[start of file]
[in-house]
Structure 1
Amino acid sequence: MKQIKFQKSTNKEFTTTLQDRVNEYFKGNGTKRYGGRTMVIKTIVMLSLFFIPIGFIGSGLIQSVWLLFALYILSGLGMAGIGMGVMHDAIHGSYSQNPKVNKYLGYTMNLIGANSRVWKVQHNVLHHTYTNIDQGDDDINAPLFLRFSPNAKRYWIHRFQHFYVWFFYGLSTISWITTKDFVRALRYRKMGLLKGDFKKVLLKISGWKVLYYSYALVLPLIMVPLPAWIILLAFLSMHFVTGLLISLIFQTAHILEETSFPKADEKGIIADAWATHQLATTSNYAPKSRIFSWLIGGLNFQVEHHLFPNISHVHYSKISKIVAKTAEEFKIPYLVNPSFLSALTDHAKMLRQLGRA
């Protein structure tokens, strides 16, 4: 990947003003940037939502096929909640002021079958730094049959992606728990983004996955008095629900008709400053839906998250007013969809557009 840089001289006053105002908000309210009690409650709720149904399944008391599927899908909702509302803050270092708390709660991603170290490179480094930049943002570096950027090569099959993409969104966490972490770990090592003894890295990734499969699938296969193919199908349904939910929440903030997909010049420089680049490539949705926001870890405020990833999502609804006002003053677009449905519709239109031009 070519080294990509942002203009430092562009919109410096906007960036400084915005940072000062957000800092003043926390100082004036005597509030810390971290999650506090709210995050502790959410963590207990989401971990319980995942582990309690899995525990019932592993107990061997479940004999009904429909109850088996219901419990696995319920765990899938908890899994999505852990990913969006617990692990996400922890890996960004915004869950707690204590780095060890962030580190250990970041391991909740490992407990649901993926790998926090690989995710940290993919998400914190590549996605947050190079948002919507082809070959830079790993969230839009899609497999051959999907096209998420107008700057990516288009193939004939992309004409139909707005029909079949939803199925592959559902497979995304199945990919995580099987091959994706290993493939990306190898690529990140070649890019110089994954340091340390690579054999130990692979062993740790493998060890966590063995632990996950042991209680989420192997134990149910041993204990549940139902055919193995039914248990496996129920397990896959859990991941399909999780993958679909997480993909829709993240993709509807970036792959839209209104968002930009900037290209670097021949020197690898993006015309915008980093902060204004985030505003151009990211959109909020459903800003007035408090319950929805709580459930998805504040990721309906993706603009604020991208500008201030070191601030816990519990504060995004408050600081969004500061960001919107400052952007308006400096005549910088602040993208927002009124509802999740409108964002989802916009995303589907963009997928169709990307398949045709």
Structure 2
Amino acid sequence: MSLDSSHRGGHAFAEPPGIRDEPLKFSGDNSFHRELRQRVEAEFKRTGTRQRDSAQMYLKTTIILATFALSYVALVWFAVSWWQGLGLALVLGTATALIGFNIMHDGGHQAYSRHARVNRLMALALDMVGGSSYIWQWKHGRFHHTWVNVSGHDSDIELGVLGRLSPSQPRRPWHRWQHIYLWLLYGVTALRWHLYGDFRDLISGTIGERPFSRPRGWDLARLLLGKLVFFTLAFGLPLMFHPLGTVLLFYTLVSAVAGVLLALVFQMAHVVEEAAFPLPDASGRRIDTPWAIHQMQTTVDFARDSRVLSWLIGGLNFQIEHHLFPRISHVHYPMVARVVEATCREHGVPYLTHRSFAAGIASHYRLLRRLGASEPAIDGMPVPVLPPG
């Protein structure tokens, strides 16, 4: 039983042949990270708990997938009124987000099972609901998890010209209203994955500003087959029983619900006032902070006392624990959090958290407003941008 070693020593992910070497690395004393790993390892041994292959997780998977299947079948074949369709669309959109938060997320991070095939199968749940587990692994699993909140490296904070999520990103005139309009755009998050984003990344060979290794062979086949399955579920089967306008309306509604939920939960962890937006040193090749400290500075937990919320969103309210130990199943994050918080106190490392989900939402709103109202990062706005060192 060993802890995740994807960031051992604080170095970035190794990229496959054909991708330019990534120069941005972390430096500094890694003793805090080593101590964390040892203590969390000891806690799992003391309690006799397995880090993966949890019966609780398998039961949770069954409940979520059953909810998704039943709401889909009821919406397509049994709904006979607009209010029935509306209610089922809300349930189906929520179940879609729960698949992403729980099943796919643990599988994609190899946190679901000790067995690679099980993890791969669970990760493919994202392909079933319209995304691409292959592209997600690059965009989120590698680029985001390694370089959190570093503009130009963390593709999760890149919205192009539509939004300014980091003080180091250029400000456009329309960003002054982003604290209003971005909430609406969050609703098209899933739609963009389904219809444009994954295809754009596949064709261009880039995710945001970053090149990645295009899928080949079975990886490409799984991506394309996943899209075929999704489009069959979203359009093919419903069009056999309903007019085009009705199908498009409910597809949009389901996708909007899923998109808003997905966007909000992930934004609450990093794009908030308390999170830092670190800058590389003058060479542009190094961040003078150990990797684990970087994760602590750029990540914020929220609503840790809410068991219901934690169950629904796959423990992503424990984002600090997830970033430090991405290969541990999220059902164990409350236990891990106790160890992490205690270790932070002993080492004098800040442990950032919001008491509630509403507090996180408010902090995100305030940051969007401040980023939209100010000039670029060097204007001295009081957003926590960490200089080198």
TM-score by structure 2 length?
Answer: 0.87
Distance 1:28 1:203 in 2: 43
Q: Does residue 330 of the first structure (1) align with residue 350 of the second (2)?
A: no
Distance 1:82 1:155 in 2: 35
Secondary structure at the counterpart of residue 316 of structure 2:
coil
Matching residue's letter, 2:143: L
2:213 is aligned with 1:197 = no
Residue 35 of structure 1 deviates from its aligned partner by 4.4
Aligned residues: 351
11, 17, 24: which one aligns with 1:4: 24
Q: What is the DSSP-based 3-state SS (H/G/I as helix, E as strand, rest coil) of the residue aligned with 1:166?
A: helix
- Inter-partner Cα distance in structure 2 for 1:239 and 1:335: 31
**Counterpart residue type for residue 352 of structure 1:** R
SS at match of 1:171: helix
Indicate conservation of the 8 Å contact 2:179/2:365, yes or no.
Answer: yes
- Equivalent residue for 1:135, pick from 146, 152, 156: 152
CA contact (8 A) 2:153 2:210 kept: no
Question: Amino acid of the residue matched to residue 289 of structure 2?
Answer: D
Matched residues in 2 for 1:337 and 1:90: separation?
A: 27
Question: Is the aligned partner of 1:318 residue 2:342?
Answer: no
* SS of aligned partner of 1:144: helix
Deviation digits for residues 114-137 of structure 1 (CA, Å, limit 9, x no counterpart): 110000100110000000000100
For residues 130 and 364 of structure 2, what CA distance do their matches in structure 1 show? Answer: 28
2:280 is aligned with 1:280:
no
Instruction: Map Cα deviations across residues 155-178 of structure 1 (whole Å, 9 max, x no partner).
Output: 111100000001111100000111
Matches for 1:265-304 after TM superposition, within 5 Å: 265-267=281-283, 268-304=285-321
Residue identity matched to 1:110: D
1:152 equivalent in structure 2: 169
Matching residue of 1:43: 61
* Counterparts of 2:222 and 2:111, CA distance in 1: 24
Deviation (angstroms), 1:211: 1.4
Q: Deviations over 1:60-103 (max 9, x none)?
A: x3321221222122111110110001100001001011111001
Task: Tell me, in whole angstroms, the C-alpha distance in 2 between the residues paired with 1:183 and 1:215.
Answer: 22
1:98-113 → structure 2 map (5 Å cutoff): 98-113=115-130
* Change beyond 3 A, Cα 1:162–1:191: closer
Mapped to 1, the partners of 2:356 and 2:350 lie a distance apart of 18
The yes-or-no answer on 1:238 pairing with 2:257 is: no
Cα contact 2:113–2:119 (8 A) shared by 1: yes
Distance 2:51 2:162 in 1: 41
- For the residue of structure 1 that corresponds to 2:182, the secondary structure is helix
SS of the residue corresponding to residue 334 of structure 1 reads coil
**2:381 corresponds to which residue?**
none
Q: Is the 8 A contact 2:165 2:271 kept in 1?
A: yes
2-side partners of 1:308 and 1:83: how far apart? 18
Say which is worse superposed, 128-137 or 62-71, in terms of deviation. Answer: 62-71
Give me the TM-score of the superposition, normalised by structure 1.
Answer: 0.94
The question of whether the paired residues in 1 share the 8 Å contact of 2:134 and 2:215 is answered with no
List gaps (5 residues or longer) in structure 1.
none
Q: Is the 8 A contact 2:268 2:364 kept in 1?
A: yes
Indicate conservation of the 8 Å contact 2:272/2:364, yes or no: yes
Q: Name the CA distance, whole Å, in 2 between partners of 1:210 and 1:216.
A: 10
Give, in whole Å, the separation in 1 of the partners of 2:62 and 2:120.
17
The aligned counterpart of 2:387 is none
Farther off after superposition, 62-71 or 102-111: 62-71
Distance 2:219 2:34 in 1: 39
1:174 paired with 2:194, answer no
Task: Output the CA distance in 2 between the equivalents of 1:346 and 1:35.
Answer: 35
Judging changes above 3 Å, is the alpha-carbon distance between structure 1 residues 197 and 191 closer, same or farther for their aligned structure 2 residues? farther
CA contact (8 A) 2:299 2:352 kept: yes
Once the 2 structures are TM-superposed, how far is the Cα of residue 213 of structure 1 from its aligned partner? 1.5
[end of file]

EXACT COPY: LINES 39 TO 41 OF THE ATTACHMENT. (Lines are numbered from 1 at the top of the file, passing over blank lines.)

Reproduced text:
2:280 is aligned with 1:280:
no
Instruction: Map Cα deviations across residues 155-178 of structure 1 (whole Å, 9 max, x no partner).